Wednesday, March 18, 2020

COVID-19: Airborne or Droplet Precautions

This is a widely contested topic that I feel we still do not know the full answer on, but I am feeling better about.

As of right now, though, it seems hospital administrators have a leg to stand on when they recommend face masks for the majority of cases and N95's/respirators for NIV, intubations, bronchs, nebs, etc. I don't know if this is an official recommendation by any agency, but patients who have COVID-19 or are being ruled out for this should wear a mask in the hospital and outside the hospital. 

The flip flopping of policies occurs as we learn more data. It seems shady to me that they flipped their policies as shortages occurred, but it seems as if it's defensible at this time.

WHO: The February 27, 2020 guidance paper states:

"Healthcare workers involved in the direct care of patients should use the following PPE: gowns, gloves, medical mask and eye protection (goggles or face shield)."

"Specifically, for aerosol-generating procedures (e.g., tracheal intubation, non-invasive ventilation, tracheostomy, cardiopulmonary resuscitation, manual ventilation before intubation, bronchoscopy) healthcare workers should use respirators, eye protection, gloves and gowns; aprons should also be used if gowns are not fluid resistant."

CDC: updated recommendations on March 10, 2020:

"Based on local and regional situational analysis of PPE supplies, facemasks are an acceptable alternative when the supply chain of respirators cannot meet the demand.
During this time, available respirators should be prioritized for procedures that are likely to generate respiratory aerosols, which would pose the highest exposure risk to HCP."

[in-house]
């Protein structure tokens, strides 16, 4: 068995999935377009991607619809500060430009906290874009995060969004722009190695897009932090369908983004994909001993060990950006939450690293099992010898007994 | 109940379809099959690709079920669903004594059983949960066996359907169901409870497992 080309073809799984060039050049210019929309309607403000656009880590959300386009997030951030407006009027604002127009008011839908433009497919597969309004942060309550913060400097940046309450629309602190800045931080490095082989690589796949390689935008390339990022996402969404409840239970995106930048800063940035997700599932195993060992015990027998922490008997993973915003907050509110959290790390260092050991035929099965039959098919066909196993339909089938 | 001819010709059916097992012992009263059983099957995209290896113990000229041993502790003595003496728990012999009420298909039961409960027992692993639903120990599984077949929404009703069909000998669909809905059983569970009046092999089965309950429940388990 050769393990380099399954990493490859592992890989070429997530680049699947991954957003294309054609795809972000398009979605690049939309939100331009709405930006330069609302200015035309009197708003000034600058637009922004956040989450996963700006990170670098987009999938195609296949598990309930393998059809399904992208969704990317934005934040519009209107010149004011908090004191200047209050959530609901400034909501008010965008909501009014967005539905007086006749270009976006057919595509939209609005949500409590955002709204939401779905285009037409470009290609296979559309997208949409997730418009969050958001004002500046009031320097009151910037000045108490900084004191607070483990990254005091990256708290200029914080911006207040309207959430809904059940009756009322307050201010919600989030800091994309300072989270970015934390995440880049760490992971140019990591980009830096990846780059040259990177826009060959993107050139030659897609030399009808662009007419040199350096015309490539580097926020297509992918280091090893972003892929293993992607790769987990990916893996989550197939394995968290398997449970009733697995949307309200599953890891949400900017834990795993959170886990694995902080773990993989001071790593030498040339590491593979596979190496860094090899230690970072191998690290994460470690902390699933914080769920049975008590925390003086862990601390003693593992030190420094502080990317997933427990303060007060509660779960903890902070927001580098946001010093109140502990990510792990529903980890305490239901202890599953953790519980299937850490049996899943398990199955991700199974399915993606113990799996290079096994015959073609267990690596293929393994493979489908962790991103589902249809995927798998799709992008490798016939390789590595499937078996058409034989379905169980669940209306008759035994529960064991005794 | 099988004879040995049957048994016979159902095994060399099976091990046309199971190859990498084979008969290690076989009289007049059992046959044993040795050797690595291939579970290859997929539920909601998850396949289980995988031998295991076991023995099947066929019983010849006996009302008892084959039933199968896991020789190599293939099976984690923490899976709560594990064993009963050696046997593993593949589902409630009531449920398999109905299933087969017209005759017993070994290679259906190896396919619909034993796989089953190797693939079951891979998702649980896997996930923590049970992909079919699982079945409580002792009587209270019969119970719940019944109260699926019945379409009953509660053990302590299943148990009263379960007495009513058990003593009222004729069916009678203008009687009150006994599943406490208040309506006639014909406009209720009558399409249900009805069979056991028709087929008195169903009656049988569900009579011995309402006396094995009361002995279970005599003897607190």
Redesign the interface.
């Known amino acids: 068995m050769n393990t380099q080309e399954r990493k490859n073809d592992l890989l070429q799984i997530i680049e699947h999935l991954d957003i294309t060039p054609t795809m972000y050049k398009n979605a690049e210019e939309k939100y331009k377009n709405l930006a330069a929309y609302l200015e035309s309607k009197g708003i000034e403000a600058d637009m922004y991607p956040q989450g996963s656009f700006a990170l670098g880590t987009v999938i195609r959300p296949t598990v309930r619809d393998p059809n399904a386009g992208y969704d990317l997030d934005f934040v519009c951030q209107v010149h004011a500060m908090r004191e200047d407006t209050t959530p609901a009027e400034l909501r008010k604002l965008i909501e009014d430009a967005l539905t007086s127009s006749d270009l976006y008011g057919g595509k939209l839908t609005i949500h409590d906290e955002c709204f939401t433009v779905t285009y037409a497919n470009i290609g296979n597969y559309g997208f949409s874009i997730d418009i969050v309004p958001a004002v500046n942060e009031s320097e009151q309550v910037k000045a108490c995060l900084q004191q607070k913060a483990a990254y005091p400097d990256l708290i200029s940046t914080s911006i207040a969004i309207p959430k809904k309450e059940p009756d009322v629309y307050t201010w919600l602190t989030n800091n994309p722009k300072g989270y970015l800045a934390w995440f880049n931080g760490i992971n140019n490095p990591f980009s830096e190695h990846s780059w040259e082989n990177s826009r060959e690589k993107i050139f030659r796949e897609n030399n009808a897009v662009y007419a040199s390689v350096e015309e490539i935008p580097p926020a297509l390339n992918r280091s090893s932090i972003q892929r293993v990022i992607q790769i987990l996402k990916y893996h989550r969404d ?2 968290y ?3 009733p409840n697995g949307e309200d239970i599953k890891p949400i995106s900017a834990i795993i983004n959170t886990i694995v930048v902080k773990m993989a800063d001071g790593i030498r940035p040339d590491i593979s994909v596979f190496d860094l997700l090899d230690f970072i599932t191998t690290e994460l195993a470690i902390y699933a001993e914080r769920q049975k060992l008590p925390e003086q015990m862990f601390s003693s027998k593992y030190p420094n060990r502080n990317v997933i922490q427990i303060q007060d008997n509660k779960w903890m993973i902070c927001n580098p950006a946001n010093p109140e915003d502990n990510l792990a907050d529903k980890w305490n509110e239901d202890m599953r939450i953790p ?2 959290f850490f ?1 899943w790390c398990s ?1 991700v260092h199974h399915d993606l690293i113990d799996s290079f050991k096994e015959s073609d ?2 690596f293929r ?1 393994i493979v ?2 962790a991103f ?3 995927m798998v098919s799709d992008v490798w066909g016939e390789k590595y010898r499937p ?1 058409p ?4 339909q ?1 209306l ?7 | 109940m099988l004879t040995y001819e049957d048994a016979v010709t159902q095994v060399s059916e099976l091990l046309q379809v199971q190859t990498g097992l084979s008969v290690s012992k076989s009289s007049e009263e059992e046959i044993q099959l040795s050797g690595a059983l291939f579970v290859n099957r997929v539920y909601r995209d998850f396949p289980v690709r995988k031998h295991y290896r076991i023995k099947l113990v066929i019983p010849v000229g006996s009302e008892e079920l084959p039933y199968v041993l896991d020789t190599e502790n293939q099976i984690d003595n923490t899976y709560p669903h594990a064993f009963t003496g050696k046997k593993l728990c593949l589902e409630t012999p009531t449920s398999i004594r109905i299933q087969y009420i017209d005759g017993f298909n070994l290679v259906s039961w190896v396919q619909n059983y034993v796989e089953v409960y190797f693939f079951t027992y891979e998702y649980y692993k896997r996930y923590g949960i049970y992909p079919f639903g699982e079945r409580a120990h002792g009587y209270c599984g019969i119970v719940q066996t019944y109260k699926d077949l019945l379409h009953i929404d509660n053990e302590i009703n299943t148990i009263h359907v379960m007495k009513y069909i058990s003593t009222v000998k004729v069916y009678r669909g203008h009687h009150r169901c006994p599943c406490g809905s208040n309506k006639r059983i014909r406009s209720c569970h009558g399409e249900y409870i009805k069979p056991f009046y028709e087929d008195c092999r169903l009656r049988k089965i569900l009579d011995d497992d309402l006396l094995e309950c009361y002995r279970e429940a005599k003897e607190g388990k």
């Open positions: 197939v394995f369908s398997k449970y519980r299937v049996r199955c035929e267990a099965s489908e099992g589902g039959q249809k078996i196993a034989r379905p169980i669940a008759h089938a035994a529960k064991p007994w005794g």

Essentially, they are acknowledging that we are being put at risk due to the lack of masks.

The most recent stir and adding to the controversy was a recent publication NEJM published on 3/17/20 which states:

"SARS-CoV-2 remained viable in aerosols throughout the duration of our experiment (3 hours)"

"The half-lives of SARS-CoV-2 and SARS-CoV-1 were similar in aerosols, with median estimates of approximately 1.1 to 1.2 hours"

"Our results indicate that aerosol and fomite transmission of SARS-CoV-2 is plausible, since the virus can remain viable and infectious in aerosols for hours and on surfaces up to days (depending on the inoculum shed)"

The key point is that the authors went out of their way to both nebulize the virus AND fed it into a Goldberg drum to further disperse it (I don't know what that is and google wasn't too helpful).

It is admittedly outside my scope of knowledge how to interpret the titers in the air, but it seems as if it's there and transmissible to us, the boots on the ground. I cannot make a concrete declaration based on my level of knowledge. I'd welcome your interpretation. I am curious to see how the ever-intelligent people in the CDC and WHO react to this data and possibly adapt their recommendations. 

We should also reach out to the local news agencies to assist us in asking the N95 hoarders to donate their extras to the local hospitals. We need to protect each other. 

-EJ

Link to the WHO Interim Guidance Paper

Link to the CDC Information

Link to the NEJM Abstract


Link to the NEJM PDF



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